Bahrain central bank considers new guidance for Islamic banks

The Bahraini regulator already requires Islamic banks to undergo independent external audits



Bahrain’s central bank is considering guidance covering Islamic windows, investment accounts and whether to develop a benchmark rate for use by Islamic banks, a senior executive said in a report released on Tuesday.

Bahrain’s regulator was the first to issue rules covering sharia-compliant banking and insurance, and its efforts are often followed by other jurisdictions seeking to promote the sector.

Bahrain’s central bank has already tightened governance rules for Islamic banks, requiring them to undergo independent external audits, and introduced a more stringent framework for the sharia boards that vet their activities.

The regulator is now developing implementation guidelines for some of these compliance functions, Khalid Hamad, the central bank’s executive director of banking supervision, said in a report published by Thomson Reuters.

The existing governance rules apply to fully-fledged Islamic banks but the central bank is considering whether to extend them to cover the Islamic units of conventional banks, which are commonly known as Islamic windows.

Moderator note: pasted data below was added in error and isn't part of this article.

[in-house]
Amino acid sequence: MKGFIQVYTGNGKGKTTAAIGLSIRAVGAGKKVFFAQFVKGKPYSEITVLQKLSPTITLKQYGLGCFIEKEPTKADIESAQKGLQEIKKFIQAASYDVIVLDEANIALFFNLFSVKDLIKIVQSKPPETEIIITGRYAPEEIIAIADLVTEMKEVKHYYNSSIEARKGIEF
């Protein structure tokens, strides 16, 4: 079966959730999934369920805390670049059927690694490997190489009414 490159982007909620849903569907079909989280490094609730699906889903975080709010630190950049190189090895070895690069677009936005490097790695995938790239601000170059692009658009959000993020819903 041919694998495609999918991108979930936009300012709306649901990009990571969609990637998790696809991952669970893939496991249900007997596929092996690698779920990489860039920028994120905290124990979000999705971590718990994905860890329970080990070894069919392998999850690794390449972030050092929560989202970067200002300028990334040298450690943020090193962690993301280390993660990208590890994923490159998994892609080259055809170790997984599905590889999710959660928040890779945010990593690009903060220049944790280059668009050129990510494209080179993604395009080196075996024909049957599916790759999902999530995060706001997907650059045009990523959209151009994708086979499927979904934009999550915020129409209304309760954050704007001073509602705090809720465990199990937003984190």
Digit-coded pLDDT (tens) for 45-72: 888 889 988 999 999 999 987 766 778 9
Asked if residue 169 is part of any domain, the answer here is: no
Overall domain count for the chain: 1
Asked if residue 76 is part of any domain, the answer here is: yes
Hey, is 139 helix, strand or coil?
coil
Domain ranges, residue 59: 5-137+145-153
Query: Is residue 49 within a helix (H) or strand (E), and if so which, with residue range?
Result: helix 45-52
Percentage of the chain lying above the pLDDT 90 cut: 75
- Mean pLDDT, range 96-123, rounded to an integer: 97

“Currently, Islamic windows are outside the ambit of the SG (sharia governance) module. In the future, we would like to cover them as well,” said Hamad.

The central bank is also studying practices of Islamic retail banks regarding pool management and profit distribution to their depositors, known as investment account holders (IAHs).

“We would like to develop regulations that ensure fair treatment to IAHs as they are very important stakeholders for an Islamic bank.”

The central bank is also considering a better performance benchmark rate for use by Islamic banks, to replace the current practice of using the interbank rate for sharia-compliant financings, Hamad said.

In recent years regulators in the Gulf and Southeast Asia have increased their oversight of how Islamic banks follow Islamic principles, which include bans on interest payments and pure monetary speculation.